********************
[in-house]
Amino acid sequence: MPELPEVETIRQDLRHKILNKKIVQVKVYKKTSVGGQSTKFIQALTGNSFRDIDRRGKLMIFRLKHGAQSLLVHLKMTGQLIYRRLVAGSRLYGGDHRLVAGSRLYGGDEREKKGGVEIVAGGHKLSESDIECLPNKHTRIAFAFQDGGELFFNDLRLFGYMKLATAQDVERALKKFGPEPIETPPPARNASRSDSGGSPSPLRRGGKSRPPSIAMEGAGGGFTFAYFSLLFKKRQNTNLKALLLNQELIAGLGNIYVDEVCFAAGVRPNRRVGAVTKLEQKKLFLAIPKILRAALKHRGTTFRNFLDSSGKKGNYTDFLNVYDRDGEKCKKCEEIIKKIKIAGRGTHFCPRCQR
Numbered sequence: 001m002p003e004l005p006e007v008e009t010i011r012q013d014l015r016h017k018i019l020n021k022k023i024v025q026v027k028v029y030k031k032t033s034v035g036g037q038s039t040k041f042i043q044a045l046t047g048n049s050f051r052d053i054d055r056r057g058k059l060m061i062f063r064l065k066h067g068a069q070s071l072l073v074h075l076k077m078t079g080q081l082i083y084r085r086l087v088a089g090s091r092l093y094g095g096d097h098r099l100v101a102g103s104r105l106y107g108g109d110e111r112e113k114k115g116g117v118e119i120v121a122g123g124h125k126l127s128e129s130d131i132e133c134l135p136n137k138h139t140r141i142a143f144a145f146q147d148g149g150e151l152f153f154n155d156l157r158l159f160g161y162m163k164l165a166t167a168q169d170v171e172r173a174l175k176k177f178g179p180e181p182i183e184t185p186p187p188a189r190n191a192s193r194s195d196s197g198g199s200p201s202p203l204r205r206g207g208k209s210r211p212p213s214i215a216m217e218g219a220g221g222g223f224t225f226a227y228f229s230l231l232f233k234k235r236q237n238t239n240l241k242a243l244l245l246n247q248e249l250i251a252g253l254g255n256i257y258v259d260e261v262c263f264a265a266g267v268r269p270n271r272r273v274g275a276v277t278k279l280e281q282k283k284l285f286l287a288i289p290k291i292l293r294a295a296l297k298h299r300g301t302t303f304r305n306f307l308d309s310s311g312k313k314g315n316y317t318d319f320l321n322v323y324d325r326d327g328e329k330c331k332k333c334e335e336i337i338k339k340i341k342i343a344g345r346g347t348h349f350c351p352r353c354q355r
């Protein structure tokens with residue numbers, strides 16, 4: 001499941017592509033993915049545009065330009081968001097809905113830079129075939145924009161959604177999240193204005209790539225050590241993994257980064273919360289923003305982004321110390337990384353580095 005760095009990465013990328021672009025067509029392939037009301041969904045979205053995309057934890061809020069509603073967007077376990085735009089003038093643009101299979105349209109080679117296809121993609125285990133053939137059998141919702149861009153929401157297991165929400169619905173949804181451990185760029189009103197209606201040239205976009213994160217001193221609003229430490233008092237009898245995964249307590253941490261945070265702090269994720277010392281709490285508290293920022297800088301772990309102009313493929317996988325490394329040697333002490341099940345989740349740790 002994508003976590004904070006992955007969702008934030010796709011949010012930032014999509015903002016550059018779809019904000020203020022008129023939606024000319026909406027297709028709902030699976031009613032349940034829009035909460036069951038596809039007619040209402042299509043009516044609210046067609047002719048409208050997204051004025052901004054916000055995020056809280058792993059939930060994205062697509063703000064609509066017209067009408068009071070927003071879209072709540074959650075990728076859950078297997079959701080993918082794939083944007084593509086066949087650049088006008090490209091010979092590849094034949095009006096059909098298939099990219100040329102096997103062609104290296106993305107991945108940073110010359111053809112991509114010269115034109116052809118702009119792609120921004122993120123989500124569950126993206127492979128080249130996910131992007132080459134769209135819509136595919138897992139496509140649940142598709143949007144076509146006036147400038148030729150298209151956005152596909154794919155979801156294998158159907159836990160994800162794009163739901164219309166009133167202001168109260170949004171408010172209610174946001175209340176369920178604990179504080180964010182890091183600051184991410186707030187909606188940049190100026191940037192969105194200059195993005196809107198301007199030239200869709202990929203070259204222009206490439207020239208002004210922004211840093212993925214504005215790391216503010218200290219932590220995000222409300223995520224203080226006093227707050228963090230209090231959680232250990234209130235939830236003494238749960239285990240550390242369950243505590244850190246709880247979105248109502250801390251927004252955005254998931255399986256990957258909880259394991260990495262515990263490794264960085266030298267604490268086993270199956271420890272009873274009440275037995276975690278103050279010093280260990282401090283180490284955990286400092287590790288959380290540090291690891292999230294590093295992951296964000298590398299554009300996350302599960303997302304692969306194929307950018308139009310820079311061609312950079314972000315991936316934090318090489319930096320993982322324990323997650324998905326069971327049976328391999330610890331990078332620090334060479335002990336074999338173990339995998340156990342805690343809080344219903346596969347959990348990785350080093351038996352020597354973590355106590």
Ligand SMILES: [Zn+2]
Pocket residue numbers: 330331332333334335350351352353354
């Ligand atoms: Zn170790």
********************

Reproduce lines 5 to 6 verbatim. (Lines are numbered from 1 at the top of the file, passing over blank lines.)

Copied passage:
Ligand SMILES: [Zn+2]
Pocket residue numbers: 330331332333334335350351352353354